Lakes are at their warmest in August and September but their temperature depends on the sunshine and recent rainfall. If you wish (and are allowed) to swim without a wetsuit, take time to acclimatise by swimming outdoors in the run up to the event.
Find out about sea temperatures throughout the year here.
Getting into the outdoors is the best way to get ready for an event.
There are a few ways you can do this:
- Join OSS Facebook and find more experienced swimmers happy to take you for a first dip – many will do so when asked (although it should be clear they do not take legal responsibility for you – join a paid session with a lifeguard if you are looking for that).
- Join OSS Social swims – these are peer swims (again, no risk assessments or lifeguards, with every swimmer taking responsibility for themselves) that are organized spontaneously around the country all year. Find out about them on OSS Facebook.
- Use the OSS swim map or Wild Swim and a more experienced friend to find a place near you for a safe open water swim
- Join one of the many triathlon groups that train in open water over the summer – see our list. Organisations like Swimfortri run tri-specific sessions during the summer that cover the challenges of racing (mass starts and marker spotting) as well as those of open water swimming (wetsuits, getting your head under).
- Join an open water group if you feel that swimming with others would make you feel more motivated, secure and, of course, sociable! They tend to meet from May to October and there’s a list at the back of Kate Rew’s Wild Swim which is a good starting point.
The first minutes of triathlon swims are notoriously hectic as swimmers surge forward in a scrum, swimming over the top of each other, arms clawing at legs, legs kicking in faces, as everyone scrambles to get into some open space. It can be hard to take regular breaths in the mayhem, which together with the sense of urgency and inability to put your feet down, can start to incubate panic.
To control panic before and during the swim:
- Get some experience in deep brown (or green), open water before race day. Swimming without pool lines is disorientating if you’re not used to it. Join other OSS members for one of the social swims listed on OSS Facebook or join one of the open water triathlon training groups.
- Be strategic about where you position yourself:
- If your drive to be a triathlete is purely about fitness and fun, then separate yourself from the pack and take your place at the back.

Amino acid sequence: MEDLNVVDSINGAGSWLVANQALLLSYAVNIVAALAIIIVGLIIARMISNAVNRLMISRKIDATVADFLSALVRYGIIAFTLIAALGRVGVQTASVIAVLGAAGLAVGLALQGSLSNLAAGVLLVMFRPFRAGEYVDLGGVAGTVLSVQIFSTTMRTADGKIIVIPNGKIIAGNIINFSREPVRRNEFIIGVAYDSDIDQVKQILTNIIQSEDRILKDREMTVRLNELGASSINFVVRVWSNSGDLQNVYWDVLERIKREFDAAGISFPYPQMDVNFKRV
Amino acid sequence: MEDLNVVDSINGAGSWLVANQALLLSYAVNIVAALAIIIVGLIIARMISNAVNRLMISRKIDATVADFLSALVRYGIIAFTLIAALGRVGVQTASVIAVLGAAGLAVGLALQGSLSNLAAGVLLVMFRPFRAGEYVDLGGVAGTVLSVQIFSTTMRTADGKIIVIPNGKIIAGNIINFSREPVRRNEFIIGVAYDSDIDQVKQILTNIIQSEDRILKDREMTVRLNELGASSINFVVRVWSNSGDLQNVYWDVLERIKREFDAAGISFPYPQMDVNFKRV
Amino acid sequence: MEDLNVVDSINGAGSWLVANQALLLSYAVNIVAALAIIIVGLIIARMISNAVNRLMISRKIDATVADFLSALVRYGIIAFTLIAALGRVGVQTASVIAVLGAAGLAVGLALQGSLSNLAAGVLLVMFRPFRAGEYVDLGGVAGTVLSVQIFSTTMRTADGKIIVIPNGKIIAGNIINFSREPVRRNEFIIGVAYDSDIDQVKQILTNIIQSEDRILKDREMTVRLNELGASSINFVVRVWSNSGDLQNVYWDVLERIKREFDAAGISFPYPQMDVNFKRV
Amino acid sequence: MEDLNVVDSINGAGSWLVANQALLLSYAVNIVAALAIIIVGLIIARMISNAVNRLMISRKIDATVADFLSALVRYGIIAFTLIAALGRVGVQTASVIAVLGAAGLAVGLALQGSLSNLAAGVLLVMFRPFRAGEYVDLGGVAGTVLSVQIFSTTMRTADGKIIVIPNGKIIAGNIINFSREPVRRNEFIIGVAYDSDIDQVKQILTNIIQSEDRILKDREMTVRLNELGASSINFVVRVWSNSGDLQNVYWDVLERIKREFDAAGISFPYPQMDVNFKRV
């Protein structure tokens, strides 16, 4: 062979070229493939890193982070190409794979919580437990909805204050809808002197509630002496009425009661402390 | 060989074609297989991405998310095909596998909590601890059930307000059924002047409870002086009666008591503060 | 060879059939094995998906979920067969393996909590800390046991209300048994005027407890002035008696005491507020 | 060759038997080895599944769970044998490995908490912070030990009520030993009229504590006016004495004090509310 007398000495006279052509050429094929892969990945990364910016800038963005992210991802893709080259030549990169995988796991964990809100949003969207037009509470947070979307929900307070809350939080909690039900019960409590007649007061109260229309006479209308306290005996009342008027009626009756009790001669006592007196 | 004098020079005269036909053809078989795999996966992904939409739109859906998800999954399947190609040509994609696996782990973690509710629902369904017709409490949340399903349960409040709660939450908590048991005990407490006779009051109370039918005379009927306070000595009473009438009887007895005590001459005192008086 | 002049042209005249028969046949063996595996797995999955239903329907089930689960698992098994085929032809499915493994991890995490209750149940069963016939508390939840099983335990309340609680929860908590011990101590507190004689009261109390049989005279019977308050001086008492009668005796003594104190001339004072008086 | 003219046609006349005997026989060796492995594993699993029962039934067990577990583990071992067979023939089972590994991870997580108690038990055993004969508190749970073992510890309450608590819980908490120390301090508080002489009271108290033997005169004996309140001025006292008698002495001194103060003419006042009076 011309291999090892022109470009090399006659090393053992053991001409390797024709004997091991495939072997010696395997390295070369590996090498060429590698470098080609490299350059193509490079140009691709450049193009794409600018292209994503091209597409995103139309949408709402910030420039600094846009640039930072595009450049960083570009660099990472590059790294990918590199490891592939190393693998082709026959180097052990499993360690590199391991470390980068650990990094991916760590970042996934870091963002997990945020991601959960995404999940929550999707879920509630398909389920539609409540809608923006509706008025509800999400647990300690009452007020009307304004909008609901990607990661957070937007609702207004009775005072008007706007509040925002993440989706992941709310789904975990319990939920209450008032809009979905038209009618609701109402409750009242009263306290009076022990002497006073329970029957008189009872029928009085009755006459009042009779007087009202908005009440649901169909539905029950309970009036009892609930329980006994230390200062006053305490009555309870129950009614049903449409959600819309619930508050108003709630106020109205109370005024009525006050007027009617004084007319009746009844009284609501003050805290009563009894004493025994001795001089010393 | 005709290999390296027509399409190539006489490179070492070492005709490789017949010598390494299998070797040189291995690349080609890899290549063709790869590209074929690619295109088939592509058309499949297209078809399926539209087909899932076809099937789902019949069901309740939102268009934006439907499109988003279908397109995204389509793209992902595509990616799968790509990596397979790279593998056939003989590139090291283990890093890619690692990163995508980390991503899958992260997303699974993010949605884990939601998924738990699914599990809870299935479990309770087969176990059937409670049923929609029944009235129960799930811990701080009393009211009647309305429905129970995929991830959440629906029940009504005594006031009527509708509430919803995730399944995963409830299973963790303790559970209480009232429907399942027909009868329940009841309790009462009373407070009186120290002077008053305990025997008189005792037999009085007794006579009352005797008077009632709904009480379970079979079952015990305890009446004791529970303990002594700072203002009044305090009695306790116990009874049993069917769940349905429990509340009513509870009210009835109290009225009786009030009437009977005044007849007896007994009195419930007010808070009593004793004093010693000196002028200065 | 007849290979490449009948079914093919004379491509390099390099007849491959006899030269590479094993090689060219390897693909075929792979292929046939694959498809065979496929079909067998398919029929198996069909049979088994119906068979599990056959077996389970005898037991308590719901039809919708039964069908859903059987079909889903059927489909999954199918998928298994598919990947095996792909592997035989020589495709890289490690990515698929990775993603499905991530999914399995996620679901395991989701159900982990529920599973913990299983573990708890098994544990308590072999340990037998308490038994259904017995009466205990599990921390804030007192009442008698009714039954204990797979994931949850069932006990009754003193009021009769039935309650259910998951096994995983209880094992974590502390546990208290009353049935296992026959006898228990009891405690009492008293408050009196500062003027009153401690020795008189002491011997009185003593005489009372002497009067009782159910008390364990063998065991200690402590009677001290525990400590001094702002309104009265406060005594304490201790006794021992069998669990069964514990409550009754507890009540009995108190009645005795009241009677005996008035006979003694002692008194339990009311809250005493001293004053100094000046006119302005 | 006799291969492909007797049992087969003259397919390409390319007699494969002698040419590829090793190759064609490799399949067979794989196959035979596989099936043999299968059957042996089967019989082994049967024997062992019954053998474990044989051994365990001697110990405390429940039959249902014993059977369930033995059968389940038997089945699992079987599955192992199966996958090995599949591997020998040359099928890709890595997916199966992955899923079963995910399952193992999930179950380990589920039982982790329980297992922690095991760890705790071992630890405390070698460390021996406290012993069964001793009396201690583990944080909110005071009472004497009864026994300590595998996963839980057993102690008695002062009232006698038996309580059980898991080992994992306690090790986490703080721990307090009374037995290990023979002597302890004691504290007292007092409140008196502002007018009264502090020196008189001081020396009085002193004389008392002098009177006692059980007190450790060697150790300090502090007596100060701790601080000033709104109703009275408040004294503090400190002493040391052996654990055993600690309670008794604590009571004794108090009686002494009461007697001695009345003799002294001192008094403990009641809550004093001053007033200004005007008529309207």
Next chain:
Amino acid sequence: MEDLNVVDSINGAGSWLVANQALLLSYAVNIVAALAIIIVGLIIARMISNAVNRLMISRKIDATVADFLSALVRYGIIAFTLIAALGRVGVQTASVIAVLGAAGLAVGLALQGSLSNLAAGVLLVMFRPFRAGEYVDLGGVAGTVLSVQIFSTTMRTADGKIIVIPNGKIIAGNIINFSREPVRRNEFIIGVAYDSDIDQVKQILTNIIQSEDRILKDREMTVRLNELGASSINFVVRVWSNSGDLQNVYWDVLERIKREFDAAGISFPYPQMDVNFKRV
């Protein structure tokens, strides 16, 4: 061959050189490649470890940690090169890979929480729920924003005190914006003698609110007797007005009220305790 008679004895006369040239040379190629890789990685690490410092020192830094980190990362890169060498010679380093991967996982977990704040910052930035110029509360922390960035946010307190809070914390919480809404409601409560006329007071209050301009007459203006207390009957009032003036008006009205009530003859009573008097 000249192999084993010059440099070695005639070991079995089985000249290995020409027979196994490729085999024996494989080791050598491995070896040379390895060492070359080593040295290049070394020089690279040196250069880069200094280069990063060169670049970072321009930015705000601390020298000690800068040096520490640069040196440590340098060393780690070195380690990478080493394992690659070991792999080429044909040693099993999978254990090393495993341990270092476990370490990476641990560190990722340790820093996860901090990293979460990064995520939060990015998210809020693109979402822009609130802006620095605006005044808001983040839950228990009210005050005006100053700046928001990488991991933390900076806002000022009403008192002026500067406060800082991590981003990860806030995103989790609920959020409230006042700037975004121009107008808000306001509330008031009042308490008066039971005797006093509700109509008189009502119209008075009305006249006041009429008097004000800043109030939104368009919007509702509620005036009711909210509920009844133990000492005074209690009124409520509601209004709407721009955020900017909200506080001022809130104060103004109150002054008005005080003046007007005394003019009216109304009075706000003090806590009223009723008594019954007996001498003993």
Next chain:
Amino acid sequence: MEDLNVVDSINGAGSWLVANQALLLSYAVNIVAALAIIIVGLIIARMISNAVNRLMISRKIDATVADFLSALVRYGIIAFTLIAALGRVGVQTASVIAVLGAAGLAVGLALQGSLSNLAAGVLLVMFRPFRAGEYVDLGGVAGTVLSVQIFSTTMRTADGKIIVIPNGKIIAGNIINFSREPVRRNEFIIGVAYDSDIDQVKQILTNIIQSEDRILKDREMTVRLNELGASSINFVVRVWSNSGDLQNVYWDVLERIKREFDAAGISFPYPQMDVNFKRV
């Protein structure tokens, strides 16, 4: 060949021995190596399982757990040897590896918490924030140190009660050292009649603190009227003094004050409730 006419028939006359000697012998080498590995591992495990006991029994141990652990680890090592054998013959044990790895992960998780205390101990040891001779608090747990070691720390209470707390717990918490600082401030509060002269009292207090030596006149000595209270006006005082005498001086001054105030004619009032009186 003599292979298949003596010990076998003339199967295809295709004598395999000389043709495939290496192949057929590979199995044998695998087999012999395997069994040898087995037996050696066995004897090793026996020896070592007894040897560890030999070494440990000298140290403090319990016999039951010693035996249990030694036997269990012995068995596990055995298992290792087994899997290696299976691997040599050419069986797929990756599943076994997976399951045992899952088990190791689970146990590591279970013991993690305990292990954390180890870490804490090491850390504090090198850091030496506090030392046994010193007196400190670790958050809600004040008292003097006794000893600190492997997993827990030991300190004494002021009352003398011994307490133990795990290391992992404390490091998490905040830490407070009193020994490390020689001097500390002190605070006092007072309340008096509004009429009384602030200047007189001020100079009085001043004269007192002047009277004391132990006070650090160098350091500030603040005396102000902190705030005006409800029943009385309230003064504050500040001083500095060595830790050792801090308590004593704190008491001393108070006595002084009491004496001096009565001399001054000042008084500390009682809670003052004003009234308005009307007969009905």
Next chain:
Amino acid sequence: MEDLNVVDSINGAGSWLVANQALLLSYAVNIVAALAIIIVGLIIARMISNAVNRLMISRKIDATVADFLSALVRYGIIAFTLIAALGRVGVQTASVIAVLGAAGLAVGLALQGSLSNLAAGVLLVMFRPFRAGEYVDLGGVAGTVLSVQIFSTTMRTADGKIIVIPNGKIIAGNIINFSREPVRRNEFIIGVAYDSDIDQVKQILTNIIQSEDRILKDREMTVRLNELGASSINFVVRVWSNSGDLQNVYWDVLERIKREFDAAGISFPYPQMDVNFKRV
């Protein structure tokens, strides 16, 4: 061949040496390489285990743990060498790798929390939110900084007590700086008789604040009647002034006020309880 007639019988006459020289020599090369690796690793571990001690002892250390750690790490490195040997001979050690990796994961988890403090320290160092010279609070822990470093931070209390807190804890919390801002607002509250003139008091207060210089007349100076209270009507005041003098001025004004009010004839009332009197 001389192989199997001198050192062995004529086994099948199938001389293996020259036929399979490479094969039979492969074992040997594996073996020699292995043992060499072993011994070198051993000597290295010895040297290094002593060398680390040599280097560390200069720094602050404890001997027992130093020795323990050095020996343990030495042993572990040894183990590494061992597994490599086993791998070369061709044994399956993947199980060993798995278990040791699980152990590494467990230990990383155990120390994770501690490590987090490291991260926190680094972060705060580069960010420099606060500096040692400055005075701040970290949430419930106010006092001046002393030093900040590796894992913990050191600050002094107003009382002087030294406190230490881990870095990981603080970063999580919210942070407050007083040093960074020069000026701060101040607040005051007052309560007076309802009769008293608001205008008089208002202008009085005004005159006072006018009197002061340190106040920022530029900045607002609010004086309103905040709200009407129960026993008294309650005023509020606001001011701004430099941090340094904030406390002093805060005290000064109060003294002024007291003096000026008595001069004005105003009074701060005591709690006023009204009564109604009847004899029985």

- Only start at the front if you’re fast enough to stay there. The last thing you want is people swim-sprinting out over the top of you.
- Clever competitive types take sides. At the edge of the scrum you avoid the melee and are well positioned to move to the front as soon as the pack starts to spread out.
- Occupy your brain with other thoughts. NLP practitioners often talk of the ‘happy place’. If there is an image that you find calming to think about, do so while pressing your thumb and forefinger together. Over time, pressing your thumb and forefinger together will, by association, take you to this place, and it’s easy to do the exercise in the water.
- Make sure you’re used to swimming in a wetsuit. They can feel constrictive at first and affect your stroke. A few long distance open water training swims in neoprene will reassure you that, once you’re through the first uncomfortable moments, you have no worries about doing what is asked of you.
- When the race is underway, act like a native New Yorker. Zone everyone else out, identify a course and aim for it. As others alter their courses you might need to adapt your own, but stay positive rather than reactive, and therefore in control.
- If you get kicked accept it’s not personal, and if your goggles get knocked just roll on to your back and readjust.
- Always remember that the pack will dissipate within minutes. ‘For me, the triathlon is a long race of many parts and these are merely the first moments. If I can enjoy the swim I’ll be in the best frame of mind for the bike and run legs.’
A more efficent technique will enable you to travel further with each stroke and swim longer distances. Dan Bullock and Tri247 have produced these videos for advice:
See the next page, 'Outdoor Swimming'.